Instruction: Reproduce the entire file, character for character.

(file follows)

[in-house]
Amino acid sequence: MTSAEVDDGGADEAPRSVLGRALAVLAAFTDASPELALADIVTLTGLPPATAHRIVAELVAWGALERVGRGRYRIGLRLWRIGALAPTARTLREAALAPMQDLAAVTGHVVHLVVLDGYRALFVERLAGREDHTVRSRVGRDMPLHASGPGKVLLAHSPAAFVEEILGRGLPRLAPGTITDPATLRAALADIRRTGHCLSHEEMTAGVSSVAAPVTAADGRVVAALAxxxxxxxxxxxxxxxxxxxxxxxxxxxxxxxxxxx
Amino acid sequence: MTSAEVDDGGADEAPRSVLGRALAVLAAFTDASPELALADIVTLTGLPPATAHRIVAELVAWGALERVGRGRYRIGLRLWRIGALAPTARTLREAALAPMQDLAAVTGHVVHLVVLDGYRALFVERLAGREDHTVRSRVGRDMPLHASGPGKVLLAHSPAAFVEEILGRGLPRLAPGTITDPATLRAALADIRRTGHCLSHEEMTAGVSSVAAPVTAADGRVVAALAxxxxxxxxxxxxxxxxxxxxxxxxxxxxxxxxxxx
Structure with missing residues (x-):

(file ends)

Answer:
[in-house]
Amino acid sequence: MTSAEVDDGGADEAPRSVLGRALAVLAAFTDASPELALADIVTLTGLPPATAHRIVAELVAWGALERVGRGRYRIGLRLWRIGALAPTARTLREAALAPMQDLAAVTGHVVHLVVLDGYRALFVERLAGREDHTVRSRVGRDMPLHASGPGKVLLAHSPAAFVEEILGRGLPRLAPGTITDPATLRAALADIRRTGHCLSHEEMTAGVSSVAAPVTAADGRVVAALAxxxxxxxxxxxxxxxxxxxxxxxxxxxxxxxxxxx
Amino acid sequence: MTSAEVDDGGADEAPRSVLGRALAVLAAFTDASPELALADIVTLTGLPPATAHRIVAELVAWGALERVGRGRYRIGLRLWRIGALAPTARTLREAALAPMQDLAAVTGHVVHLVVLDGYRALFVERLAGREDHTVRSRVGRDMPLHASGPGKVLLAHSPAAFVEEILGRGLPRLAPGTITDPATLRAALADIRRTGHCLSHEEMTAGVSSVAAPVTAADGRVVAALAxxxxxxxxxxxxxxxxxxxxxxxxxxxxxxxxxxx
Structure with missing residues (x-):